No Rise in Ovarian Cancer Survival Rates With Increased Paclitaxel - Study Finds

Among patients not receiving bevacizumab, weekly paclitaxel tied to improved progression-free survival
Among patients not receiving bevacizumab, weekly paclitaxel tied to improved progression-free survival

HealthDay News — Dose-dense weekly paclitaxel does not improve progression-free survival in ovarian cancer, according to a study published in the February 25 issue of the New England Journal of Medicine.

John K. Chan MD, from the Sutter Cancer Research Institute in San Francisco, and colleagues compared dose-dense weekly paclitaxel and carboplatin with paclitaxel and carboplatin administered every three weeks among patients with ovarian cancer. Patients were stratified according to whether they elected to receive bevacizumab and were then randomized to paclitaxel every three weeks plus carboplatin for six cycles or paclitaxel administered weekly plus carboplatin for six cycles.

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The researchers found that 84% of the 692 patients enrolled opted to receive bevacizumab. Compared with paclitaxel administered every three weeks, weekly paclitaxel was not associated with longer progression-free survival (14.7 versus 14.0 months, respectively; hazard ratio for disease progression or death, 0.89; 95% confidence interval, 0.74 to 1.06). Weekly paclitaxel correlated with longer progression-free survival among patients who did not receive bevacizumab (14.2 versus 10.3 months; hazard ratio, 0.62; 95 percent confidence interval, 0.40 to 0.95); however, this was not seen among patients receiving bevacizumab (14.9 versus 14.7 months, respectively; hazard ratio, 0.99; 95% confidence interval, 0.83 to 1.20). There was a significant difference for treatment with versus without bevacizumab (P = 0.047).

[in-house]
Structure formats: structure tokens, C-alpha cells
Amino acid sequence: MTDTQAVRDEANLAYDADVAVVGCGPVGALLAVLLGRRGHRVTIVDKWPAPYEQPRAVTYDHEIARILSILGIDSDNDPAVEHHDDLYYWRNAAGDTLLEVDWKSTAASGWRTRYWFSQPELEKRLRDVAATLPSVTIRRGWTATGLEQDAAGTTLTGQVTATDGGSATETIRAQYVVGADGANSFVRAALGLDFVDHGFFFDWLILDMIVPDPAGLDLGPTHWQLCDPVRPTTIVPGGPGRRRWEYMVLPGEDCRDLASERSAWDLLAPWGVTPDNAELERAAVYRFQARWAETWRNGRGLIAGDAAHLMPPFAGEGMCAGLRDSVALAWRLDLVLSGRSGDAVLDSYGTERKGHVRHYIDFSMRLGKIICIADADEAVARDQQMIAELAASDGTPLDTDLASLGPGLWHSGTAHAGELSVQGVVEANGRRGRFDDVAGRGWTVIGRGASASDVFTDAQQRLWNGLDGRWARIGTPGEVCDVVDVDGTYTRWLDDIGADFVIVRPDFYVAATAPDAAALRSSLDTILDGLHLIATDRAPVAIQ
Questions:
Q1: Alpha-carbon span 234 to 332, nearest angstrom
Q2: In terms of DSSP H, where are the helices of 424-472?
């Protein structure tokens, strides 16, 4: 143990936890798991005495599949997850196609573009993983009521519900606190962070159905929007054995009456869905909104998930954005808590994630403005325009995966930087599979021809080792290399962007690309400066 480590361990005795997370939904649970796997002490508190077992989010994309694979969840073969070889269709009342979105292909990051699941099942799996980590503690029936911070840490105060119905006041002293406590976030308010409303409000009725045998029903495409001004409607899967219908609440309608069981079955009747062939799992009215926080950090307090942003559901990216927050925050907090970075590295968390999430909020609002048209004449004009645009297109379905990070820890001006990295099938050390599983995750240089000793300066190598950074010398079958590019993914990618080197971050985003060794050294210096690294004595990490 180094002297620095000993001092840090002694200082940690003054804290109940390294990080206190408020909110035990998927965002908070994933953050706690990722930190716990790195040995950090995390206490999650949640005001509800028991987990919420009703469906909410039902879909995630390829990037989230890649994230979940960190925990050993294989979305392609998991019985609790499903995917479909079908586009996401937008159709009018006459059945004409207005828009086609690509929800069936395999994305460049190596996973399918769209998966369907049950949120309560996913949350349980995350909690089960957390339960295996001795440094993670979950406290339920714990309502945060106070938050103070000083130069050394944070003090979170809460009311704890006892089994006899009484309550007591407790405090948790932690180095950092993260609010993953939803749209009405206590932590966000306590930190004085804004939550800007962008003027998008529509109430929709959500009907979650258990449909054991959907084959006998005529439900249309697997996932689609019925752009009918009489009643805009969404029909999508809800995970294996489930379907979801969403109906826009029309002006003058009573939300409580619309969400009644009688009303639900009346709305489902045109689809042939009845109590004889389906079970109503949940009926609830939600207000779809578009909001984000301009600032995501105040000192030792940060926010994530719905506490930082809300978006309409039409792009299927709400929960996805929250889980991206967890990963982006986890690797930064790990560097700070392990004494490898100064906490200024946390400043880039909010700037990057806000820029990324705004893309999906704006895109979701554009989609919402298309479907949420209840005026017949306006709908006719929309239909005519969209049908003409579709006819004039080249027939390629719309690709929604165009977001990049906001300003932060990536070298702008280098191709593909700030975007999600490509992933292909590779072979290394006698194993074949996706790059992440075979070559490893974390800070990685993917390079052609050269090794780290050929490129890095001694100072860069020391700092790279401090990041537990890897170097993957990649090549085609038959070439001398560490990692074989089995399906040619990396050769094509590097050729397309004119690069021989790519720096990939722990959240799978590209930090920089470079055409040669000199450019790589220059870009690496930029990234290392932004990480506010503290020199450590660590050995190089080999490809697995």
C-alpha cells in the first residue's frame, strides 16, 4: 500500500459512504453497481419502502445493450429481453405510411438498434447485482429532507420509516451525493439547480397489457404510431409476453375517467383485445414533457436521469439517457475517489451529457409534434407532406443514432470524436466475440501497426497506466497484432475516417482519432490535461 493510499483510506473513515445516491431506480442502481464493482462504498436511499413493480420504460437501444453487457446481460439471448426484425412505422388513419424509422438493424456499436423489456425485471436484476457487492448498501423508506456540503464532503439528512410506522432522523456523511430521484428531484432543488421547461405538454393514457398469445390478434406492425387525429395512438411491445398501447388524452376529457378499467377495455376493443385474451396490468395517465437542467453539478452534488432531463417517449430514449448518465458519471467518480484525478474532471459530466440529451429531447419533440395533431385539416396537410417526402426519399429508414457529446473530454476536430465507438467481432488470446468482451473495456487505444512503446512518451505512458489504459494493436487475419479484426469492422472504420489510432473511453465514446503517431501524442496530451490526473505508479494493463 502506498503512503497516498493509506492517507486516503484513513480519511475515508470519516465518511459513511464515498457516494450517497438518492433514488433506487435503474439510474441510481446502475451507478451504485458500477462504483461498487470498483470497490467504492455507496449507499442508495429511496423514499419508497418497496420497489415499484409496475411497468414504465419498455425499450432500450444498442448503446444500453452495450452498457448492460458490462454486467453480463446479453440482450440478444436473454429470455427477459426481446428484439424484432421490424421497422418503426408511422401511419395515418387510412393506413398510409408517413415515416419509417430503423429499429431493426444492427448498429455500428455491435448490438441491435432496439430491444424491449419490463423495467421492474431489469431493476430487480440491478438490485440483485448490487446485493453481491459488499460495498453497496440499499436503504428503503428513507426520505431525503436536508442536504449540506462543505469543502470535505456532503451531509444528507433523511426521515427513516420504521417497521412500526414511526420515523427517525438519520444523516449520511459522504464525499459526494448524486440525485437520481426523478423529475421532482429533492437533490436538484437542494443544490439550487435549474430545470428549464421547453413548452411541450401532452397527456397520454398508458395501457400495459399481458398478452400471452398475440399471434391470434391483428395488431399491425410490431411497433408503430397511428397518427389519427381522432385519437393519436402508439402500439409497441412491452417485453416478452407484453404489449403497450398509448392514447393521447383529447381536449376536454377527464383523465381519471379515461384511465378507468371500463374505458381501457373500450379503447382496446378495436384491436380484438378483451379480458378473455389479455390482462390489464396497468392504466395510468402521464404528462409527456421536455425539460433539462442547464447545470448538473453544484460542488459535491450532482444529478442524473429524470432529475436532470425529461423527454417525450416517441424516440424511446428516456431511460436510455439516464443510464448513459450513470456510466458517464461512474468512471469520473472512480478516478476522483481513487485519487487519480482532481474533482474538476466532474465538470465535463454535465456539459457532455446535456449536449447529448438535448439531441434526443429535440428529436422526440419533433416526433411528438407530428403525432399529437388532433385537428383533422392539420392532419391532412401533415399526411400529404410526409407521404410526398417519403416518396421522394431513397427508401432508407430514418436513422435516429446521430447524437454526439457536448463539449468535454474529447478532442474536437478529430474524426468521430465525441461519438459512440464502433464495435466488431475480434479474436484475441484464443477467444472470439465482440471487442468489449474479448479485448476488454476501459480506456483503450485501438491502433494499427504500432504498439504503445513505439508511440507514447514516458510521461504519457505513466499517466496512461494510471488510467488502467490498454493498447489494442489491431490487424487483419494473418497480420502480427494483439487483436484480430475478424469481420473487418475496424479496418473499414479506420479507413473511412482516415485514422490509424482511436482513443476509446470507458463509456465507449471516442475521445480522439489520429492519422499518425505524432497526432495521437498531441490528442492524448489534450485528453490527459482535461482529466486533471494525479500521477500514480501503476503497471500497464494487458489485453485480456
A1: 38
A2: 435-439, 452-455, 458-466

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"Weekly paclitaxel, as compared with paclitaxel administered every three weeks, did not prolong progression-free survival among patients with ovarian cancer," the authors write.

The study was partially funded by Genentech.

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